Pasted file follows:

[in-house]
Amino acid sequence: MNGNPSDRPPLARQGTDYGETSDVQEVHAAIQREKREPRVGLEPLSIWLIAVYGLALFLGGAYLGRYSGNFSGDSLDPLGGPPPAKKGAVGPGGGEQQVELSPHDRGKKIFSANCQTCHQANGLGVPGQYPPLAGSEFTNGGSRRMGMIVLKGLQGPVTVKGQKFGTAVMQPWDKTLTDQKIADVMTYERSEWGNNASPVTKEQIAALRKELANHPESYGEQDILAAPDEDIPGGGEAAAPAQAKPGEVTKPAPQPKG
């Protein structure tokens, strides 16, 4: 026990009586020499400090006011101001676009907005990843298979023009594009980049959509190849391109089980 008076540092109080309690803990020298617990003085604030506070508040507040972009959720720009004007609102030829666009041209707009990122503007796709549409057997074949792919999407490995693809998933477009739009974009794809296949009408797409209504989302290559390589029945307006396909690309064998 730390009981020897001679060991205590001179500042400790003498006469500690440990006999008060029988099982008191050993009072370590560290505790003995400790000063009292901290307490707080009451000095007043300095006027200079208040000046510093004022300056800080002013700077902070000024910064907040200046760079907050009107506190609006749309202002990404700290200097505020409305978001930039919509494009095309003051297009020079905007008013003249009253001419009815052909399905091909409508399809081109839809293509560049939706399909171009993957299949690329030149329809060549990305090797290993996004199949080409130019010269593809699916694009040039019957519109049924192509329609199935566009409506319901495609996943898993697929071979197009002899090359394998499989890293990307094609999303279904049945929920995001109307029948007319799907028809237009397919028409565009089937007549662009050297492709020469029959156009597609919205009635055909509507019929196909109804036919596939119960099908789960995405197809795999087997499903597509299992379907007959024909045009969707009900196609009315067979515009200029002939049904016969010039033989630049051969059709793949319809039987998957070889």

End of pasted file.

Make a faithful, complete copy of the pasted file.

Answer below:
[in-house]
Amino acid sequence: MNGNPSDRPPLARQGTDYGETSDVQEVHAAIQREKREPRVGLEPLSIWLIAVYGLALFLGGAYLGRYSGNFSGDSLDPLGGPPPAKKGAVGPGGGEQQVELSPHDRGKKIFSANCQTCHQANGLGVPGQYPPLAGSEFTNGGSRRMGMIVLKGLQGPVTVKGQKFGTAVMQPWDKTLTDQKIADVMTYERSEWGNNASPVTKEQIAALRKELANHPESYGEQDILAAPDEDIPGGGEAAAPAQAKPGEVTKPAPQPKG
């Protein structure tokens, strides 16, 4: 026990009586020499400090006011101001676009907005990843298979023009594009980049959509190849391109089980 008076540092109080309690803990020298617990003085604030506070508040507040972009959720720009004007609102030829666009041209707009990122503007796709549409057997074949792919999407490995693809998933477009739009974009794809296949009408797409209504989302290559390589029945307006396909690309064998 730390009981020897001679060991205590001179500042400790003498006469500690440990006999008060029988099982008191050993009072370590560290505790003995400790000063009292901290307490707080009451000095007043300095006027200079208040000046510093004022300056800080002013700077902070000024910064907040200046760079907050009107506190609006749309202002990404700290200097505020409305978001930039919509494009095309003051297009020079905007008013003249009253001419009815052909399905091909409508399809081109839809293509560049939706399909171009993957299949690329030149329809060549990305090797290993996004199949080409130019010269593809699916694009040039019957519109049924192509329609199935566009409506319901495609996943898993697929071979197009002899090359394998499989890293990307094609999303279904049945929920995001109307029948007319799907028809237009397919028409565009089937007549662009050297492709020469029959156009597609919205009635055909509507019929196909109804036919596939119960099908789960995405197809795999087997499903597509299992379907007959024909045009969707009900196609009315067979515009200029002939049904016969010039033989630049051969059709793949319809039987998957070889």